New Paintings, and a New Year

The January 2013 edition of National Geographic serendipitously arrived at my house on Christmas Eve, with two of my paintings in print, accompanying a great article on the future of space exploration by Tim Folger. If you use the digital edition of National Geographic for your iPad or Kindle, there is an accompanying audio interview of me discussing the process of the two paintings.

Enjoy, and Happy New Year! Hope everyone had a great holiday with friends and family.

Announcing New Art Book Trajectory, Available Summer 2013

I'm proud to announce the release of my new art book Trajectory being released this summer. This is my fourth book, following Quantumscapes, Quantum Dreams, and Velocity. You can begin pre-ordering your limited edition copy, that comes with a 9x12" signed and numbered exclusive print, and an 8 x 11" original ink sketch.

Only 100 available worldwide! For more information and pre-order, visit the shop.

From the Afterlife to Disney Cartoons - February Newsletter

When my good friends at Acme Archives approached me to do a painting based on their Walt Disney license, I thought it would be a great opportunity to push myself as a painter and create something really finished and polished with animation style.  Over the years I've worked in animation, I've done everything from characters, props and environments, but they have all been very conceptual. The animation process is such that work gets heavily divided into different disciplines and it is common to have one person do a drawing while another does the color. So this was my chance to really see an animation-style painting from concept to final.  

I was given the choice of many different subjects, but I my immediate choice was Winnie the Pooh. Winnie the Pooh was one of my favorite Disney characters growing up and I always found him so lovable and sweet, just as I loved Totoro from Japan. I didn't have a specific vision when I started, so I started doodling and looking at references, particularly the artwork of Fantasia and Bambi. I was drawn to the amazing fall colors of fiery red and orange and decided to put the character in a sunset environment with a giant oak tree behind him that was wrapped in autumn.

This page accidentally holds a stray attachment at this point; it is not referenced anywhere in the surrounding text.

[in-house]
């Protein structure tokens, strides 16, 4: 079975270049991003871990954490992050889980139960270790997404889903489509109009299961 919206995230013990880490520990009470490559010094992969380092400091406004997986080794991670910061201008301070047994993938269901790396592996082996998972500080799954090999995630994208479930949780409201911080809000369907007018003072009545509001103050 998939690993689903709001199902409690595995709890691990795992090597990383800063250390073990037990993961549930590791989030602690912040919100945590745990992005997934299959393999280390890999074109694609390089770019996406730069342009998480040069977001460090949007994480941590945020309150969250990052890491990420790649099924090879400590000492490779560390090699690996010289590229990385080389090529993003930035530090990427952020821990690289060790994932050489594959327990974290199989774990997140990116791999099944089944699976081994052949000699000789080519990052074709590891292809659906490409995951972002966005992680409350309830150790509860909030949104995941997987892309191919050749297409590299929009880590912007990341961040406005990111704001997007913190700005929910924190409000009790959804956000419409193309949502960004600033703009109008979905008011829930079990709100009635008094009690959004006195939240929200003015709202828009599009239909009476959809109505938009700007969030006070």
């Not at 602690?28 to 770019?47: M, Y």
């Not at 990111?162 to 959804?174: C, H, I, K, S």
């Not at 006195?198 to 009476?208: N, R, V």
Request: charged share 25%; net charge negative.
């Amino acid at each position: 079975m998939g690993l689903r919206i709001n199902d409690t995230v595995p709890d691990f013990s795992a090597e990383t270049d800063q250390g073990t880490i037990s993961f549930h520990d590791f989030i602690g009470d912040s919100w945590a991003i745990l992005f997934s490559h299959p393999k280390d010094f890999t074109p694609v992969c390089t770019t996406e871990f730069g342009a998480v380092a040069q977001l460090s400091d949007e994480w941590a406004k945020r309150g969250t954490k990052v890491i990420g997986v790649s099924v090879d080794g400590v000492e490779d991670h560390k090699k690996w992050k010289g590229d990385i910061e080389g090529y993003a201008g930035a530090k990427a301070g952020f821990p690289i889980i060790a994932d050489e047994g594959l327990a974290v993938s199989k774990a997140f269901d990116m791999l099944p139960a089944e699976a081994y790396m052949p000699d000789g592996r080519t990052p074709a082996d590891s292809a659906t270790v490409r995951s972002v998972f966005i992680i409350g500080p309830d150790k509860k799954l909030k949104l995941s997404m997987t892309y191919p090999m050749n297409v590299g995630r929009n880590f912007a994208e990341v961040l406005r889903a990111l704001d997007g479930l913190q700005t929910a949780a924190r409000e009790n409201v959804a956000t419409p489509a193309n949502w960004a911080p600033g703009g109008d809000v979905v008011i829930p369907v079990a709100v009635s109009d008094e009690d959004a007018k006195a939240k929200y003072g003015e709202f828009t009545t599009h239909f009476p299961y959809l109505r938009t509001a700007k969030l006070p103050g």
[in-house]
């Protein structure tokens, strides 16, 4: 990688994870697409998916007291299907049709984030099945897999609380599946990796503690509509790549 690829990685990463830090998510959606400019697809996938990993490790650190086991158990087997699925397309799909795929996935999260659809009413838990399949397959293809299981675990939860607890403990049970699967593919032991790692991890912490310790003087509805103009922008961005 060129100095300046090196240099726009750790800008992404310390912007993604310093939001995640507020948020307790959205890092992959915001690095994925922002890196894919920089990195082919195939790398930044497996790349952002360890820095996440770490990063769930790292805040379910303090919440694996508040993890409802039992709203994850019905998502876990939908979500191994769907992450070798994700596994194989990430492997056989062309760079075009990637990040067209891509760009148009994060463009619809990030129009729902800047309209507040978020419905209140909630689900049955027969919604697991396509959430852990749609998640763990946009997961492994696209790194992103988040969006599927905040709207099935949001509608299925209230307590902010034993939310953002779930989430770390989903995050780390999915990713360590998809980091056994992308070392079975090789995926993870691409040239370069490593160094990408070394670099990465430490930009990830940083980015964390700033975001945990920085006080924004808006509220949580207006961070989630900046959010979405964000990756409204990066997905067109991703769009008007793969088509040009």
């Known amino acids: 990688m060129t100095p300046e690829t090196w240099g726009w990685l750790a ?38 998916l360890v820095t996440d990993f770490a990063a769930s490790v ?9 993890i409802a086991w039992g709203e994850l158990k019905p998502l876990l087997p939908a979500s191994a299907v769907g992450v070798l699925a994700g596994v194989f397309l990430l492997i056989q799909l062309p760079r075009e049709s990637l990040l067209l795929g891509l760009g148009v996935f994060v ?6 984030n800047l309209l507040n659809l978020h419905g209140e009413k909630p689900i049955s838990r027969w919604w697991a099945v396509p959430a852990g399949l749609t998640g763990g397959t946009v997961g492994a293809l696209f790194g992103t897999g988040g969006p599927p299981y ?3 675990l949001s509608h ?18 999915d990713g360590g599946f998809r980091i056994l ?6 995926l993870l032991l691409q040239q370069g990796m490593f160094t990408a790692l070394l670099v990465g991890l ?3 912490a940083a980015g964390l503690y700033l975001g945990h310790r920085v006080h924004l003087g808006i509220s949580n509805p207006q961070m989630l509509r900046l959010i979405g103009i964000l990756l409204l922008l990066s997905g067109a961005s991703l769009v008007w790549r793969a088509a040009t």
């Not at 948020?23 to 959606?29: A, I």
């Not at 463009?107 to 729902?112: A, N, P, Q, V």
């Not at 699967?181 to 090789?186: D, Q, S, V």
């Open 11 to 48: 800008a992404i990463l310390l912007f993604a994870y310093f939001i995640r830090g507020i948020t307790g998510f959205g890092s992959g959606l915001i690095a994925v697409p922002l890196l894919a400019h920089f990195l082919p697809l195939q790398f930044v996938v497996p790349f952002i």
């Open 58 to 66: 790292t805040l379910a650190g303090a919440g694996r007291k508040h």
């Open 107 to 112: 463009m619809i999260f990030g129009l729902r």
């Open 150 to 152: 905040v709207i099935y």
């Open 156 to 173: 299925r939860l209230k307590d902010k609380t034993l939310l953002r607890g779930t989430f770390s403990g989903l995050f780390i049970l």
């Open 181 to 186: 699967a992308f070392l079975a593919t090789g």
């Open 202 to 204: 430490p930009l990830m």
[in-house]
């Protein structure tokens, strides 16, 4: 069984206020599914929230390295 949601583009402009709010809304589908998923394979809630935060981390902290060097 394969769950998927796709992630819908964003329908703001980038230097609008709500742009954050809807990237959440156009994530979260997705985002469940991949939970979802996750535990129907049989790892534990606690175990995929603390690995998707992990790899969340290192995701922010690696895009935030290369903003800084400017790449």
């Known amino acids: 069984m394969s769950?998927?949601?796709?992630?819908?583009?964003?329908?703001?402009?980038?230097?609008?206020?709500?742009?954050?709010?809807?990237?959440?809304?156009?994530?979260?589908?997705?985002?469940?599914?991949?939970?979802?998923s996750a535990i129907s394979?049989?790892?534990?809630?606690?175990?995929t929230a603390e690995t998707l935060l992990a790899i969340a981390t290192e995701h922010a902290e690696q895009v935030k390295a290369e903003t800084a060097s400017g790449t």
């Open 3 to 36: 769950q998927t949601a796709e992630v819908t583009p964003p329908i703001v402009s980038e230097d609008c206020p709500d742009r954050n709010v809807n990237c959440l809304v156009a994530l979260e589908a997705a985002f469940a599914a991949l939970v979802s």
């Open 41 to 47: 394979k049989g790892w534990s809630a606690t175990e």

Because I am also an environment artist and a storyteller, it was important to me to convey a sense of story in the painting using the entire environment, not just a portrait of a character. To me the big, ancient tree has always been a symbol of wisdom, and Winnie the Pooh himself is a philosopher in his own way. I thought the juxtaposition was perfect to have the eternal tree of wisdom in the background and Winne the Pooh in his own simple wisdom asking a naive question of the butterflies: "Do you make honey, too?"


From a technical standpoint, this painting really allowed me to push my painterly skills by using a lot more Painter than Photoshop. I explored a lot about creating brushes for leaves, since the tree is so prominent. It was important to create a pattern that would be both efficient and have my signature, graphic feel.